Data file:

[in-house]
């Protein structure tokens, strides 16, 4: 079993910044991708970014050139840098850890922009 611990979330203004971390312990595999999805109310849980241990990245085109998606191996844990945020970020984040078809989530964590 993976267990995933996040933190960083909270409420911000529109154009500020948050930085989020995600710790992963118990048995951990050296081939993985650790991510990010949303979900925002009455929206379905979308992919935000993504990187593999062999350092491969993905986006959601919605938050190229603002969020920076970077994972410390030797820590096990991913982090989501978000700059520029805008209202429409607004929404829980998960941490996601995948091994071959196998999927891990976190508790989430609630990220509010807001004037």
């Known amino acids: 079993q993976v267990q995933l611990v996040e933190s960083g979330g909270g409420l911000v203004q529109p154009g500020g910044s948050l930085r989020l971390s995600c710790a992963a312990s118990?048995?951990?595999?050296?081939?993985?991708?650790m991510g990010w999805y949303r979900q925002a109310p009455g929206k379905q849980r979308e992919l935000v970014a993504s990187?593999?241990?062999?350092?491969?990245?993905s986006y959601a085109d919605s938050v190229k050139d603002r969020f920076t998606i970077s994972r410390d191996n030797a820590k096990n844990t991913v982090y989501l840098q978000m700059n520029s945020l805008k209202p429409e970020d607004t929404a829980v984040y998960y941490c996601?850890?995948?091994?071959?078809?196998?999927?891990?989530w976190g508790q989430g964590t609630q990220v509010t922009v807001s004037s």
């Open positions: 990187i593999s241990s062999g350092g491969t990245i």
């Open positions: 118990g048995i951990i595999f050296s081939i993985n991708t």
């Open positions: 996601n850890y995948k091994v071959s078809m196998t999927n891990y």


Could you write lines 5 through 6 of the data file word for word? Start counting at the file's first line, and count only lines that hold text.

């Open positions: 118990g048995i951990i595999f050296s081939i993985n991708t």
């Open positions: 996601n850890y995948k091994v071959s078809m196998t999927n891990y």